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Bloom Where You’re Planted

Healthy Leaders

Bloom Where You’re Planted

Kelsey McFaulKelsey McFaul
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In his college dorm room at Stanford, Jeff Ryan hung a poster given to him by his father: a large mansion with a shiny Rolls Royce parked in the driveway, and the caption, “My tastes are simple. I like the best.”

These days, Jeff chuckles at how differently his life has turned out.

I’ve had to redefine leadership, because I haven’t had the titles that leadership means to a lot of people. Seeing leadership as influence and not necessarily as being in the role of a title where you actually command people, I see myself as more of a steward influencer. I persuade people to consider other options, rather than commanding them to do certain things.

A managing director at a large Swiss private bank in Hong Kong, Jeff works with ultra-high net worth individuals with investment portfolios of at least $50 million.

Growing their money and reaching their financial goals is what they want. I see my role as also trying to impact them in terms of how they invest in things that have different kinds of values, even though we may not share the same spiritual persuasions.

Rather than owning the mansion and the Rolls Royce himself, Jeff has built a career working with those who do, influencing them to steward their resources well even as he seeks to steward his own.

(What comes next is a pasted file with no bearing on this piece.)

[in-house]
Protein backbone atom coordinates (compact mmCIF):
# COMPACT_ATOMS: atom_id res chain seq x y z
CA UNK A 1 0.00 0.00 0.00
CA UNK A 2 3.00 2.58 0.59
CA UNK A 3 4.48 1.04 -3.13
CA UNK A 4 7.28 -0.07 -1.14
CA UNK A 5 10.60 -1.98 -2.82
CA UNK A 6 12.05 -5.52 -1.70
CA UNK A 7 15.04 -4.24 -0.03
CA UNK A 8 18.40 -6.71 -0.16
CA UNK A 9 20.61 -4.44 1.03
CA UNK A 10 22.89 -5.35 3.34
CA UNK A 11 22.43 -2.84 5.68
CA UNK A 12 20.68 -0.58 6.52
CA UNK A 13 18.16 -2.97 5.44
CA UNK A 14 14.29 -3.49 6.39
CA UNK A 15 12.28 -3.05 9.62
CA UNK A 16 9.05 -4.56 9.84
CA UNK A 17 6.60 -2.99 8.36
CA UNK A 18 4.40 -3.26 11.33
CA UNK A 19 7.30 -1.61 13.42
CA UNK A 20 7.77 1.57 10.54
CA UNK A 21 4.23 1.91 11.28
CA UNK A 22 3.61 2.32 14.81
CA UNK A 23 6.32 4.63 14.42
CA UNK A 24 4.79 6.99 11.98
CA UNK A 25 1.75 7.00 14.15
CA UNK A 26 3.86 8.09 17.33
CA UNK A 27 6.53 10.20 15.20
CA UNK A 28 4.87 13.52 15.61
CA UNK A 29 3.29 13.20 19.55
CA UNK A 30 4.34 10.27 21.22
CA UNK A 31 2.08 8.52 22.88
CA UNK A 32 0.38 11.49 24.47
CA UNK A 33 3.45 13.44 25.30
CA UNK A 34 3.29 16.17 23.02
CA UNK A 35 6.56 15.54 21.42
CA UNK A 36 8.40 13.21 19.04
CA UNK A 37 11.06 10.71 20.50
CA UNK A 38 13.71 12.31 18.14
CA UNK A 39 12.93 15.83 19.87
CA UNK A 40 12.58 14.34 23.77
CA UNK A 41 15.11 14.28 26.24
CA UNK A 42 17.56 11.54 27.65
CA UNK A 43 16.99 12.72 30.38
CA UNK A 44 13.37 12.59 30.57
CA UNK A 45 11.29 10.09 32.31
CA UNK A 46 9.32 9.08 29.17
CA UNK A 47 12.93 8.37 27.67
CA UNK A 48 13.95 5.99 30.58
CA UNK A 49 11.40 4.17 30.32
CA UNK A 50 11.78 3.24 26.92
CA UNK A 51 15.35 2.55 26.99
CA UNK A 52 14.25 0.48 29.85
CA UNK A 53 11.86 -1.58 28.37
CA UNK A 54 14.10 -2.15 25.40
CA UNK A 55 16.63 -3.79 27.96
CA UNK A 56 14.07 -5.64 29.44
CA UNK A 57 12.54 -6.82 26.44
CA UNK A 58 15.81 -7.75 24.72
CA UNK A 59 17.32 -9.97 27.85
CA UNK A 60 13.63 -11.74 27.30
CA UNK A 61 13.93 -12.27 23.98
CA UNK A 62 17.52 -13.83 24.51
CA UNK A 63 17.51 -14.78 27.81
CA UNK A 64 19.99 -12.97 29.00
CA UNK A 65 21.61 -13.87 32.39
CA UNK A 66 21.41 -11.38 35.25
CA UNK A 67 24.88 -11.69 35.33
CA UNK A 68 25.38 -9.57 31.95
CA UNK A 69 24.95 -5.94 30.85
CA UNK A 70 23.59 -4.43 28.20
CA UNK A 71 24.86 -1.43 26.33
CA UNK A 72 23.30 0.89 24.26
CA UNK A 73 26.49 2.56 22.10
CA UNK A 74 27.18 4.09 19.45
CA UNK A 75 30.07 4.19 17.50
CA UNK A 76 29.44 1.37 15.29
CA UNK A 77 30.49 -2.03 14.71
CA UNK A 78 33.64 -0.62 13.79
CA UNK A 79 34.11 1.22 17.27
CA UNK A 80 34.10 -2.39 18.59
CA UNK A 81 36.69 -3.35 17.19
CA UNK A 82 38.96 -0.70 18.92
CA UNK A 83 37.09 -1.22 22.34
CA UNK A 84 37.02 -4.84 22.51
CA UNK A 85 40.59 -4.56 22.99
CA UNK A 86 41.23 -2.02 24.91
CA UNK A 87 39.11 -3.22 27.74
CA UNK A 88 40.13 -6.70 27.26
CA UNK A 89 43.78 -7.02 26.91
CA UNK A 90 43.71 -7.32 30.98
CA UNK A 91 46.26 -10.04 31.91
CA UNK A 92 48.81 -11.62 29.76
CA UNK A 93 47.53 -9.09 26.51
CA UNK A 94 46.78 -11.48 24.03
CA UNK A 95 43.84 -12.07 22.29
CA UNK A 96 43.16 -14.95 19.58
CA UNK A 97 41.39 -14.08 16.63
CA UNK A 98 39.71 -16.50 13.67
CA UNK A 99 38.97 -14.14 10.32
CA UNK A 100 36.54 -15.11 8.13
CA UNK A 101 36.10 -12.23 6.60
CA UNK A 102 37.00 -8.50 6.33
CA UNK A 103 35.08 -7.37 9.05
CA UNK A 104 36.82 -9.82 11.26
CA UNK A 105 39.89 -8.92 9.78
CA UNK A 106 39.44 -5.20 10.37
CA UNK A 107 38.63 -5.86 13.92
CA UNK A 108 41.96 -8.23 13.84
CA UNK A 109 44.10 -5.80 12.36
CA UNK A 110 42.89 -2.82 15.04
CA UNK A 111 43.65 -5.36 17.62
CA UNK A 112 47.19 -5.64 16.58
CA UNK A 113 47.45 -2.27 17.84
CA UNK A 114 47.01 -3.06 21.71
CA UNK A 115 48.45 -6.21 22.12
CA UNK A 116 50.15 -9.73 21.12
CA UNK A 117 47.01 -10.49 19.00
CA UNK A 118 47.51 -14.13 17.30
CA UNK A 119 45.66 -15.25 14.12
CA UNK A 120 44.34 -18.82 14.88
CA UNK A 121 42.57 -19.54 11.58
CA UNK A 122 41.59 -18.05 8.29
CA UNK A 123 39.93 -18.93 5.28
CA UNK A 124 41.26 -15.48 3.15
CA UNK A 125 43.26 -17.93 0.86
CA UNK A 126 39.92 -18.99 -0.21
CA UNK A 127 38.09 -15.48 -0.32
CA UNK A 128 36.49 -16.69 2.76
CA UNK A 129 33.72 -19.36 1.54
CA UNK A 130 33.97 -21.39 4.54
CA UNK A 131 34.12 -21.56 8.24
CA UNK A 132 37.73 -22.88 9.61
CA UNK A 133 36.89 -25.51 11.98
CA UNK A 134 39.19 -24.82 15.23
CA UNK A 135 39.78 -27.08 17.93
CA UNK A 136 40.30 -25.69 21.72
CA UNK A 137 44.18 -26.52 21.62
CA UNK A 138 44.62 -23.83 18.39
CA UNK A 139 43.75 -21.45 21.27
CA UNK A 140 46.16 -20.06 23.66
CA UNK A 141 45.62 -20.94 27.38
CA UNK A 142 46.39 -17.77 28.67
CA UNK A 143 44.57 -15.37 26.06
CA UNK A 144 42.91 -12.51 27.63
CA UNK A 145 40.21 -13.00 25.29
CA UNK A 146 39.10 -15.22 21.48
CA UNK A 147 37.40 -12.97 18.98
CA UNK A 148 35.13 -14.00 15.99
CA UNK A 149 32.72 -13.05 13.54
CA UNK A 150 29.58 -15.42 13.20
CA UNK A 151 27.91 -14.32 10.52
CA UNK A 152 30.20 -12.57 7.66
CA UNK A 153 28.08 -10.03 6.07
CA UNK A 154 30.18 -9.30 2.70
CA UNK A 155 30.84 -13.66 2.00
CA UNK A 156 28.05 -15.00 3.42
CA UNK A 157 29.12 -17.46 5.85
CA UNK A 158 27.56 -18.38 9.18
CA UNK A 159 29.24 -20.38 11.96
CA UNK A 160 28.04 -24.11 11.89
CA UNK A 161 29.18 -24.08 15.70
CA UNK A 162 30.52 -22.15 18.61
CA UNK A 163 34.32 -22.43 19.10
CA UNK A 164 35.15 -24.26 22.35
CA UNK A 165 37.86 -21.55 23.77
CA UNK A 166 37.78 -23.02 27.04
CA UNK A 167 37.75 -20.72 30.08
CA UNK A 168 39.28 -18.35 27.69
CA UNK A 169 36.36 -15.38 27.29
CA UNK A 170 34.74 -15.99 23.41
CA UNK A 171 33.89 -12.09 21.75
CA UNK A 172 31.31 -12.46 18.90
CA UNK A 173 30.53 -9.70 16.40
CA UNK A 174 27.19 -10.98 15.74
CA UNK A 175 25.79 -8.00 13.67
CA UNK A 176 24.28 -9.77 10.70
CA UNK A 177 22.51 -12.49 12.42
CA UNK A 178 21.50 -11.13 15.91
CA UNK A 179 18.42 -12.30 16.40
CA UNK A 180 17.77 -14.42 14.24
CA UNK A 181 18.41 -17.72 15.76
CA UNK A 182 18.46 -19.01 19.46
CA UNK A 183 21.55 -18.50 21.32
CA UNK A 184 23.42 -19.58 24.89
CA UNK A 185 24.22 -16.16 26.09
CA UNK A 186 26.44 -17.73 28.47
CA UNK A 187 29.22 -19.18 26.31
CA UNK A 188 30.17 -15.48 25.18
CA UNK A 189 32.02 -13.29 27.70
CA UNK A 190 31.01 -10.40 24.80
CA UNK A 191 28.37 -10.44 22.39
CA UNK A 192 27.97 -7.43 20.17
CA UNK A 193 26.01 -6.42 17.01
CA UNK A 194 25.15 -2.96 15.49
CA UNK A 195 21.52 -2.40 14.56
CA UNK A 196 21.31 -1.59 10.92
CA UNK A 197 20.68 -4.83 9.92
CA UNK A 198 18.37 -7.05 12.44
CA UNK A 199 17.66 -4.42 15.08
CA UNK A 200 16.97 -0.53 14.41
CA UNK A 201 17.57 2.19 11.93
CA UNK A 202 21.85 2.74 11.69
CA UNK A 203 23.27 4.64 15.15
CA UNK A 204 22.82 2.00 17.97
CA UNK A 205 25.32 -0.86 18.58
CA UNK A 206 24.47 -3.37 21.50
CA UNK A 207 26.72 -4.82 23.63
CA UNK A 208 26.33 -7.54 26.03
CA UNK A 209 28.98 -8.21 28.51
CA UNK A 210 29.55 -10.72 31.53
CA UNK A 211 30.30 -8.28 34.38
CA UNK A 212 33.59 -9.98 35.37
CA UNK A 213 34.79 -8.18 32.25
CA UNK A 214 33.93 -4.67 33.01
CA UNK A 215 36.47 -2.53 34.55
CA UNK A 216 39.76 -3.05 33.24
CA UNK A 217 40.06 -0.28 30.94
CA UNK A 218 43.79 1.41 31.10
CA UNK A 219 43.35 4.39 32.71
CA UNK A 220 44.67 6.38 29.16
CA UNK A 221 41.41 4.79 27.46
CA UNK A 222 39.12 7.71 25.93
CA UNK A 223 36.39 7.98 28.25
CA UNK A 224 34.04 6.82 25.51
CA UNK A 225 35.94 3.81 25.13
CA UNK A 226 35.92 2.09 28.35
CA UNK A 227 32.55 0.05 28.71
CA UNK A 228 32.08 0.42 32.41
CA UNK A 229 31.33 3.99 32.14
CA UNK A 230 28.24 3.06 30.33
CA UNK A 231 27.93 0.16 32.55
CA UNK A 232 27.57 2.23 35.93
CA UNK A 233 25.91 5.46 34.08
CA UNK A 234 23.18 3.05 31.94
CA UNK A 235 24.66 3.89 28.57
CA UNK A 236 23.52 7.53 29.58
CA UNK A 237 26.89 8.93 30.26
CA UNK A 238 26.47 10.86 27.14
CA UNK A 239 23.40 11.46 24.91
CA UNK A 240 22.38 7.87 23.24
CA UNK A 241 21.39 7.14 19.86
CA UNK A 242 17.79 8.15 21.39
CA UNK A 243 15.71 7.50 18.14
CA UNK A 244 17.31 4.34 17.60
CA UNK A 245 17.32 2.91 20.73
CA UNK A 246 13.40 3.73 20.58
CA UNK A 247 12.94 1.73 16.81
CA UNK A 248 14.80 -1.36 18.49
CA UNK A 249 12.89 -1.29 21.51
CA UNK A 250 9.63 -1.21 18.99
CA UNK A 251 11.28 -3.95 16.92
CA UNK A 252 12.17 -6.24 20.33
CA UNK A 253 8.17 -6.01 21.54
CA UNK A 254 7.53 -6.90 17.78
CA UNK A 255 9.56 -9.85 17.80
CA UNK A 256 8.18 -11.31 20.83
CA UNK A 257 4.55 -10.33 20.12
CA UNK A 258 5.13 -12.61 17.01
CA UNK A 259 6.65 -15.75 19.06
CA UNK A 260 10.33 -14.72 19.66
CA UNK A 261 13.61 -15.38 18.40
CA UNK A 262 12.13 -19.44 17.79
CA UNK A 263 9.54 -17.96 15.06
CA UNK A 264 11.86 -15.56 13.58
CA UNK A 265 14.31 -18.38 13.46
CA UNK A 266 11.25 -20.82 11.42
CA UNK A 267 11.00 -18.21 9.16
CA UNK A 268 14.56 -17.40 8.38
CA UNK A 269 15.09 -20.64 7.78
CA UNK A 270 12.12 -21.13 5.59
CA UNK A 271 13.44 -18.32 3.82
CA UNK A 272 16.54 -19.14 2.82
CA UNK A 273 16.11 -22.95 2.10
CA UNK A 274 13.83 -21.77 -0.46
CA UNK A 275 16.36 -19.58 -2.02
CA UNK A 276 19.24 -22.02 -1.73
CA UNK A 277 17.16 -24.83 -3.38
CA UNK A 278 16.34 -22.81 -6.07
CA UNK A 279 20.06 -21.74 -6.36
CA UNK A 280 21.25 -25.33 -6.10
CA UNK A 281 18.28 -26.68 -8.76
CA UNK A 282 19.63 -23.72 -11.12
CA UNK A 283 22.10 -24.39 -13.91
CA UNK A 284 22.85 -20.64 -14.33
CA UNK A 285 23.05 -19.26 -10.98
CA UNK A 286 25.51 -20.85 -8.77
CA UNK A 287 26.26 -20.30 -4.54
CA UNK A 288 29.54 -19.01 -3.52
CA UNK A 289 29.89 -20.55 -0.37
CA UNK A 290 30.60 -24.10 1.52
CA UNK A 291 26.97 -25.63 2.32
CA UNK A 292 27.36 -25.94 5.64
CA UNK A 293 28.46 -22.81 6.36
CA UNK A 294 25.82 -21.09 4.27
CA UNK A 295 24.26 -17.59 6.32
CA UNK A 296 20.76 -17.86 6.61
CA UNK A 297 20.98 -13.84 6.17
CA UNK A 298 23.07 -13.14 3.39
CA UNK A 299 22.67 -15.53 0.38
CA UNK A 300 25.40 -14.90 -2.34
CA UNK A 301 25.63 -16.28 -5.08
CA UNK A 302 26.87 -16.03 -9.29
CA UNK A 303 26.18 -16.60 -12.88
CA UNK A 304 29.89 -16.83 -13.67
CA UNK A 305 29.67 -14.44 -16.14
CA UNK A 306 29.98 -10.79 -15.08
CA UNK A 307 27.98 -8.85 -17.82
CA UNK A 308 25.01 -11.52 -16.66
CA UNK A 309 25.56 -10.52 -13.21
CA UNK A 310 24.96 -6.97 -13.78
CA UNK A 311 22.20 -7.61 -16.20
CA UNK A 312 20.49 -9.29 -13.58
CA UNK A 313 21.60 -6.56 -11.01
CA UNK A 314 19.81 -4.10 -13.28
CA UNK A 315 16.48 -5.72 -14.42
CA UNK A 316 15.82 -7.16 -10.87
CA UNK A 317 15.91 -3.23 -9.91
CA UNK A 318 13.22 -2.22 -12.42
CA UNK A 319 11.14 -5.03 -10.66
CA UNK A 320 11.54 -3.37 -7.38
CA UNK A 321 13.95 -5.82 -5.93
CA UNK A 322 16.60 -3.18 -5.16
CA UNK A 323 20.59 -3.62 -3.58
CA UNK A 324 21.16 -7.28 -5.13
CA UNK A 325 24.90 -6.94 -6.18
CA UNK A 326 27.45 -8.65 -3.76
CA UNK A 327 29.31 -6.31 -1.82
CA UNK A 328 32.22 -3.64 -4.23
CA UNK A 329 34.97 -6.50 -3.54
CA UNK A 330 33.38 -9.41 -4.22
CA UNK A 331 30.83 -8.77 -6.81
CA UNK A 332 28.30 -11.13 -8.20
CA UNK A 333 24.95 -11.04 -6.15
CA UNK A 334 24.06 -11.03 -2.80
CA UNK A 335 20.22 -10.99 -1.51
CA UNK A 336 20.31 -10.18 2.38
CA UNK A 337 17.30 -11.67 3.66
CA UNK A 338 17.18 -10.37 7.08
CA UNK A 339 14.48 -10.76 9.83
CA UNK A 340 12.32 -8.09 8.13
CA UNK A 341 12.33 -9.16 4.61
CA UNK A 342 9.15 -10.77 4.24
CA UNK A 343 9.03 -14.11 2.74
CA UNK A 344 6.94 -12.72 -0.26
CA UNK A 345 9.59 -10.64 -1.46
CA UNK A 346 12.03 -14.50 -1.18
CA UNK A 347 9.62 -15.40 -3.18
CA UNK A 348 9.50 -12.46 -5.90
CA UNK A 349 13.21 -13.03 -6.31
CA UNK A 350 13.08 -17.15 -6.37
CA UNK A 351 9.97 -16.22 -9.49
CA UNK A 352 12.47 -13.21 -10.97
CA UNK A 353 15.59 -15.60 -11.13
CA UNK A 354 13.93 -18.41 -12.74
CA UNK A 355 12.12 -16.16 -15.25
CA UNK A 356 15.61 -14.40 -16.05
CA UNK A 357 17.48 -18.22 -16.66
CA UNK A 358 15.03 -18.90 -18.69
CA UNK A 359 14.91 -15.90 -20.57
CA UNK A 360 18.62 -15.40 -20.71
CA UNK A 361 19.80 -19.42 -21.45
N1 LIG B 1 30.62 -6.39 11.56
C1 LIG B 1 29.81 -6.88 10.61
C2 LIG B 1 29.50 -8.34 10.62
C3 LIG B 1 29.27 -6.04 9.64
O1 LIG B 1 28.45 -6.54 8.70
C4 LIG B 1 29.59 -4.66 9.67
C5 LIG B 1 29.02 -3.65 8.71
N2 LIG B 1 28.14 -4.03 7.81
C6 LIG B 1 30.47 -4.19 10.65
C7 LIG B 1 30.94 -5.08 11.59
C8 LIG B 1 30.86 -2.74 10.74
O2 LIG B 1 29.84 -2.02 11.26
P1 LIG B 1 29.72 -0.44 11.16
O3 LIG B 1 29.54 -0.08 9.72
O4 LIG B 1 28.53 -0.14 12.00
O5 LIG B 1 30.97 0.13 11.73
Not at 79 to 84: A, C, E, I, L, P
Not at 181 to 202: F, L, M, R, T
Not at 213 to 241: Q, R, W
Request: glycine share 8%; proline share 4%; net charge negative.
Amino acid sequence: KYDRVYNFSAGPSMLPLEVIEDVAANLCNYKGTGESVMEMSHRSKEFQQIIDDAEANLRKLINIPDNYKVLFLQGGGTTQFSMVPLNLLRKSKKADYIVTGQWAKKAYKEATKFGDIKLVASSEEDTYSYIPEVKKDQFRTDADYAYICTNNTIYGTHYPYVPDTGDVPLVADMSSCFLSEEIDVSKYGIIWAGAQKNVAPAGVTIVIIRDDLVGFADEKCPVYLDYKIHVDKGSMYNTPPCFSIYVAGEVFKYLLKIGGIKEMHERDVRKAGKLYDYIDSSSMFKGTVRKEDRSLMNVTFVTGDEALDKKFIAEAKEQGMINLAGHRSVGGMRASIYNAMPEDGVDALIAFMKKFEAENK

If I’m honest, it’s really hard not to compare. They have a lot more zeroes than me. On my desk I have a whole bunch of verses about contentment so that I can fight back against those things. Hebrews 13:5 – “Keep your life free from the love of money; be content with what you have, because the Lord Jesus Christ has said never will I leave you, nor will I forsake you.” That’s a very reassuring verse to me.

Despite the poster in his dorm room and his current career, Jeff had no intention of working with money. In fact, his first trip to Asia right out of college was as a volunteer English teacher in Taichung, Taiwan.

I didn’t join the big firm; I went to Taiwan to teach English, so I guess that was a first moment of surrender. I ended up with a short-term mission role with the YMCA that was run by Christians, and they asked me to teach a Bible study to my students as a way of teaching them English.

I also met a bunch of missionaries who I thought were social misfits, who left their own culture to go some other place, who didn’t dress well and were running away from things. I found out that they were fully sold out and were going where God had called them, and I felt the same call on my life, that where I was delivered was not in my own hands.

Surrendering his location was Jeff’s first step on a stewardship journey that would transform his relationship to money and to God.

It would have been much easier to just stay in the States and continue to operate in a comfortable environment there. Interestingly enough, I would have been better off financially if I’d stayed in the States. But God drew me to surrender where I live, and by doing that has given me a much richer and more impactful life.

Just as Jeff surrendered location, so too he surrendered his specific professional preferences and goals.

Professionally, I did not want to be in this field. I was scared of money. I saw business owners trying to make the most money or get the biggest paycheck and that frightened me because I thought that money could have a negative impact on me.

Aware of his own weaknesses, Jeff took the risk to surrender his fear and professional ambitions to God’s plan. It’s only now, more than 30 years into his professional career, that he can see his own faithfulness in perspective.